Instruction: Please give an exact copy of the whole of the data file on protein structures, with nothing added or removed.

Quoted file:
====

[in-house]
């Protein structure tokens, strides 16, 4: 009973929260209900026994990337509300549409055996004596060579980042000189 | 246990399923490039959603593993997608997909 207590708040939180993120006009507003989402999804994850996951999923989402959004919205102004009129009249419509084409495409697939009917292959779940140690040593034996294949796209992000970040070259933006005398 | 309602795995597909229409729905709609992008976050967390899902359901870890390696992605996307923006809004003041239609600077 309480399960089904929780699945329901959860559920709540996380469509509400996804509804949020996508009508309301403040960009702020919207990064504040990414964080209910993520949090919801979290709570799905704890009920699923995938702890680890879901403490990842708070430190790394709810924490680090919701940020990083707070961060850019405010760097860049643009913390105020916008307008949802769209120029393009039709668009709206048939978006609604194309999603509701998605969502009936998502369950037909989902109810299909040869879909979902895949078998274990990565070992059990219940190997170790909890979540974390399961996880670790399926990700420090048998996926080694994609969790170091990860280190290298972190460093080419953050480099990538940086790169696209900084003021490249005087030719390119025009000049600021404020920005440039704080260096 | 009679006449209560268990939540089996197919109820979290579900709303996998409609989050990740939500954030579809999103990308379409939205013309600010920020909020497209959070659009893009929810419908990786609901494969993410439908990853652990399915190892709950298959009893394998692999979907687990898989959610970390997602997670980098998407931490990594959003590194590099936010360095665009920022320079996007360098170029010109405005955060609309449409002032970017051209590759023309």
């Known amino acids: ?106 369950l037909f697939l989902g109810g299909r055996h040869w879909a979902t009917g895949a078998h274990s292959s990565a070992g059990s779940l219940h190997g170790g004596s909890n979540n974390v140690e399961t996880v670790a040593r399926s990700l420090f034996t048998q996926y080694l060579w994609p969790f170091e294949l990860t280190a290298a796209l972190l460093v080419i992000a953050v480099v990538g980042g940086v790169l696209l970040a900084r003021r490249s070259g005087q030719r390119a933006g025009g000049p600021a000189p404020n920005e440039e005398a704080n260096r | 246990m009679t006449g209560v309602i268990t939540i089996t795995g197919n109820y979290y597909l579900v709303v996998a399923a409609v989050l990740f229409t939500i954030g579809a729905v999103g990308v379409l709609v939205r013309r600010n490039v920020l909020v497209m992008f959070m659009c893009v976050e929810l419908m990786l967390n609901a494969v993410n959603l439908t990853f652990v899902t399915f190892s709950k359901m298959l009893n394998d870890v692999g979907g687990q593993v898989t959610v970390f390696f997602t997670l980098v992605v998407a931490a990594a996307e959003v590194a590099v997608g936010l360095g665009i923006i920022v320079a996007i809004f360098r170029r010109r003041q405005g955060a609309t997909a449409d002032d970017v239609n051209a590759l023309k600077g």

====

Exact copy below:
[in-house]
């Protein structure tokens, strides 16, 4: 009973929260209900026994990337509300549409055996004596060579980042000189 | 246990399923490039959603593993997608997909 207590708040939180993120006009507003989402999804994850996951999923989402959004919205102004009129009249419509084409495409697939009917292959779940140690040593034996294949796209992000970040070259933006005398 | 309602795995597909229409729905709609992008976050967390899902359901870890390696992605996307923006809004003041239609600077 309480399960089904929780699945329901959860559920709540996380469509509400996804509804949020996508009508309301403040960009702020919207990064504040990414964080209910993520949090919801979290709570799905704890009920699923995938702890680890879901403490990842708070430190790394709810924490680090919701940020990083707070961060850019405010760097860049643009913390105020916008307008949802769209120029393009039709668009709206048939978006609604194309999603509701998605969502009936998502369950037909989902109810299909040869879909979902895949078998274990990565070992059990219940190997170790909890979540974390399961996880670790399926990700420090048998996926080694994609969790170091990860280190290298972190460093080419953050480099990538940086790169696209900084003021490249005087030719390119025009000049600021404020920005440039704080260096 | 009679006449209560268990939540089996197919109820979290579900709303996998409609989050990740939500954030579809999103990308379409939205013309600010920020909020497209959070659009893009929810419908990786609901494969993410439908990853652990399915190892709950298959009893394998692999979907687990898989959610970390997602997670980098998407931490990594959003590194590099936010360095665009920022320079996007360098170029010109405005955060609309449409002032970017051209590759023309």
């Known amino acids: ?106 369950l037909f697939l989902g109810g299909r055996h040869w879909a979902t009917g895949a078998h274990s292959s990565a070992g059990s779940l219940h190997g170790g004596s909890n979540n974390v140690e399961t996880v670790a040593r399926s990700l420090f034996t048998q996926y080694l060579w994609p969790f170091e294949l990860t280190a290298a796209l972190l460093v080419i992000a953050v480099v990538g980042g940086v790169l696209l970040a900084r003021r490249s070259g005087q030719r390119a933006g025009g000049p600021a000189p404020n920005e440039e005398a704080n260096r | 246990m009679t006449g209560v309602i268990t939540i089996t795995g197919n109820y979290y597909l579900v709303v996998a399923a409609v989050l990740f229409t939500i954030g579809a729905v999103g990308v379409l709609v939205r013309r600010n490039v920020l909020v497209m992008f959070m659009c893009v976050e929810l419908m990786l967390n609901a494969v993410n959603l439908t990853f652990v899902t399915f190892s709950k359901m298959l009893n394998d870890v692999g979907g687990q593993v898989t959610v970390f390696f997602t997670l980098v992605v998407a931490a990594a996307e959003v590194a590099v997608g936010l360095g665009i923006i920022v320079a996007i809004f360098r170029r010109r003041q405005g955060a609309t997909a449409d002032d970017v239609n051209a590759l023309k600077g």